There are many roads to chronic pain, which affects an incredible 20% of adults in the United States. Fibromyalgia is one such road. About 4 million people in the U.S. have this debilitating and frustrating condition. Making matters more complex, not only does fibromyalgia lead to pain, it also leads to other, less obvious, signs.
To help you better identify fibromyalgia (fibro), Dr. Sachida Manocha and the team here at Interventional Pain Center present four of the more common hallmarks of this chronic condition.
Fibro at a glance
Fibromyalgia is considered a syndrome, which means there are a number of symptoms that occur together. While there’s a good deal we still don't know about fibro, we do understand that it’s an issue with the brain and nervous system. In general, the nerves and brain don’t process certain signals properly — such as pain — which makes the sufferer more sensitive.
About 4 million American adults are diagnosed with fibro, and women are more vulnerable to the condition than men.
Main signs of fibro
Now let’s get into some of the primary characteristics of fibromyalgia, which is important, because we don’t have a single test that can identify this illness.
As we mentioned, the real headliner with fibromyalgia is chronic pain. The pain is often described as aching, burning, or throbbing, and it can develop just about anywhere in the body. We wish we could be more specific about the pain that comes with fibro, but it manifests in different ways for different people. Some sufferers feel it everywhere, while others experience pain in areas that they use more, such as in their legs.
2. Fatigue and sleep issues
Another hallmark of fibro is fatigue. This extreme tiredness doesn't improve with sleep, and it leaves you sluggish during the day.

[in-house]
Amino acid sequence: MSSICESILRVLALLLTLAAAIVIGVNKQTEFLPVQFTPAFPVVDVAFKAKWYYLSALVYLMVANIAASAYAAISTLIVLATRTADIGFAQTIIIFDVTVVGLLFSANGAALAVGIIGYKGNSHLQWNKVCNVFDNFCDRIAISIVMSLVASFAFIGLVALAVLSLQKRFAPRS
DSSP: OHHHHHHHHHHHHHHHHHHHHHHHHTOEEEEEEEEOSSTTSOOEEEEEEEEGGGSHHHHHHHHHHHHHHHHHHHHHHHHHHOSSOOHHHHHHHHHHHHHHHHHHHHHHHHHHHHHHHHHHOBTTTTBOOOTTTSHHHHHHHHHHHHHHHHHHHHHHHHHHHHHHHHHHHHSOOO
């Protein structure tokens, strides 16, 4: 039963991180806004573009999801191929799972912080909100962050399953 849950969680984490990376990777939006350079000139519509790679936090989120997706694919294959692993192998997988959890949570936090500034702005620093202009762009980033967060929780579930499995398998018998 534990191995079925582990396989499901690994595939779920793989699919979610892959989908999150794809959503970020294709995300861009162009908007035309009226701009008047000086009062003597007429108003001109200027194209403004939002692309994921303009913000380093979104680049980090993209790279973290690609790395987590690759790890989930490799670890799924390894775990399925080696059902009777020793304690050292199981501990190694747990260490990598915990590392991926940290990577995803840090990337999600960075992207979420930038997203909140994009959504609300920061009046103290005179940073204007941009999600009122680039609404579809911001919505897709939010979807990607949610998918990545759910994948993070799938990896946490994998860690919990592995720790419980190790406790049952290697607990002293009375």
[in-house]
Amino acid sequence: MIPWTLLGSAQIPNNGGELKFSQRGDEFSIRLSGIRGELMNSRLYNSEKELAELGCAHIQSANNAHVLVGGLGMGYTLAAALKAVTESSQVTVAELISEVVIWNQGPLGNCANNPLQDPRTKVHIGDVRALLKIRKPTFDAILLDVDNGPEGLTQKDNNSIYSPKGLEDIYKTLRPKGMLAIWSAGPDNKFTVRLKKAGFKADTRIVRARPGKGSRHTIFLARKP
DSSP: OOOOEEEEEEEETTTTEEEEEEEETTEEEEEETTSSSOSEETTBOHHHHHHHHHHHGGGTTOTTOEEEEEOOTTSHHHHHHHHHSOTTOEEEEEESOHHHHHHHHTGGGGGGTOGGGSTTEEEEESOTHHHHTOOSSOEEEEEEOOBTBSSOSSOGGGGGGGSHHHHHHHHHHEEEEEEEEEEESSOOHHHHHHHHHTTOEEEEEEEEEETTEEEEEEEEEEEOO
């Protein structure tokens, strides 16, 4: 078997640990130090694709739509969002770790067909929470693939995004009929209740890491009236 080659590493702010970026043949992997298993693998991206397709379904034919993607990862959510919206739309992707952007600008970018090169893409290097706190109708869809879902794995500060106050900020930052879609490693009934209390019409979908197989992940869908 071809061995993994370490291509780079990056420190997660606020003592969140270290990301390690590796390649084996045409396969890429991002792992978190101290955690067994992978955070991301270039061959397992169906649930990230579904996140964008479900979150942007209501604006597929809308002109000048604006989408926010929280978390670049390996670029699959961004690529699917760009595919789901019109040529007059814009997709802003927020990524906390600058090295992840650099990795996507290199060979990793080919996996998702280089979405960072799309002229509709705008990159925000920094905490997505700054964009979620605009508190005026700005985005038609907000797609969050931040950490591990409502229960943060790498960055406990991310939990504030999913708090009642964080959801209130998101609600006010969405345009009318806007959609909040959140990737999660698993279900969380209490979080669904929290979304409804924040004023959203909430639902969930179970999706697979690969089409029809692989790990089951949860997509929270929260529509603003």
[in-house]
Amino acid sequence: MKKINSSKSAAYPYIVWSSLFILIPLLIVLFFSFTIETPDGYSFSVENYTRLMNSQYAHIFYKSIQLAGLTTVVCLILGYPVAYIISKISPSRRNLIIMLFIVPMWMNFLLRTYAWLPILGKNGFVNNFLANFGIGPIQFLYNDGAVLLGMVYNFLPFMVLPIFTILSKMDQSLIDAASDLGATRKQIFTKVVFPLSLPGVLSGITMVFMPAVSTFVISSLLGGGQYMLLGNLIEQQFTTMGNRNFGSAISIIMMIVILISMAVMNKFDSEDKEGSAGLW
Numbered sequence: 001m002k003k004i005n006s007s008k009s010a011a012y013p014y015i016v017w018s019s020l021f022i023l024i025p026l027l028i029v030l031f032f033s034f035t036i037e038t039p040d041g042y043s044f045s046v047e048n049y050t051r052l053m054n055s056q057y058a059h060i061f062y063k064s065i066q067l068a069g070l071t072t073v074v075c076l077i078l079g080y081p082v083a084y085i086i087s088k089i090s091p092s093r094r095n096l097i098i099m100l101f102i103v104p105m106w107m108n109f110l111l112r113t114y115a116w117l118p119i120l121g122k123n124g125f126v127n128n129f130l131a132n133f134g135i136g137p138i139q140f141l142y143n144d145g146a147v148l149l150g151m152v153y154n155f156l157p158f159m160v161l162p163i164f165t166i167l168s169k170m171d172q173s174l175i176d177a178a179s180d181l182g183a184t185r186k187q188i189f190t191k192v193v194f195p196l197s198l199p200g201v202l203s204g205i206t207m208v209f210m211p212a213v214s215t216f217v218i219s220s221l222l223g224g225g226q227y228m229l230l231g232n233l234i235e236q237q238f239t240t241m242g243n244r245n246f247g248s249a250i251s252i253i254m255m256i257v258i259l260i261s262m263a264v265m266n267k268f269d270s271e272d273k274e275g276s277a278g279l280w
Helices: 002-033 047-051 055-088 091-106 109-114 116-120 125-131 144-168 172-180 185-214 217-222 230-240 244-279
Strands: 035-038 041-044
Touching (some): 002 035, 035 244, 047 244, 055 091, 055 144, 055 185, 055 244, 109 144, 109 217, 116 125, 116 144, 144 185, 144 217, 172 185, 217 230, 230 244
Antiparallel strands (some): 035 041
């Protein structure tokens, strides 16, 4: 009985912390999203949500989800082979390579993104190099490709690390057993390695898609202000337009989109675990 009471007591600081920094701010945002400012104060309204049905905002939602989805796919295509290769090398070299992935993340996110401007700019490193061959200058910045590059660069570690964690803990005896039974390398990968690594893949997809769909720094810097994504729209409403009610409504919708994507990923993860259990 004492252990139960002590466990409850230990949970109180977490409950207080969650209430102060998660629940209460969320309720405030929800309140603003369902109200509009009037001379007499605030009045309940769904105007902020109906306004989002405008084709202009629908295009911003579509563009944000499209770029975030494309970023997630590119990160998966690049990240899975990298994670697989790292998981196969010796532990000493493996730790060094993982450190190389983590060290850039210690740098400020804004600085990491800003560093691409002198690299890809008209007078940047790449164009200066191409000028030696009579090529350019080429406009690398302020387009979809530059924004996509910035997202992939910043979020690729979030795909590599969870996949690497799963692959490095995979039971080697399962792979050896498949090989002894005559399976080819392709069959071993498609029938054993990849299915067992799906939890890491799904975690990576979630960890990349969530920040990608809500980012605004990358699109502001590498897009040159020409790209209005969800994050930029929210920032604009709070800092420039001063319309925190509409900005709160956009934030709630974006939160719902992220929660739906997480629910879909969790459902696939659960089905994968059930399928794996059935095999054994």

One reason for the extreme fatigue might stem from the fact that fibro can disrupt your sleep. You may struggle with falling asleep, staying asleep, or keeping healthy sleeping patterns in place.
3. Gastrointestinal issues
Many people with fibro also experience gastrointestinal issues, namely irritable bowel syndrome (IBS) and/or acid reflux. Women tend to be more susceptible to IBS than men who have fibro.
4. Cognitive issues
Many people with fibromyalgia complain of fibro fog. Trouble concentrating, issues with memory, and a general dullness surrounding cognitive functioning aren’t uncommon for people with fibro.
Of course, there are more possible symptoms, but these are a good start. As we already explained, fibro is a syndrome, so we look for a combination of symptoms that all point toward this one medical issue.
If you’d like for us to check you out for fibromyalgia and, more importantly, get you on the road to relief, please schedule an appointment online or over the phone with the Interventional Pain Center today. We have offices in Worthington and Newark, Ohio.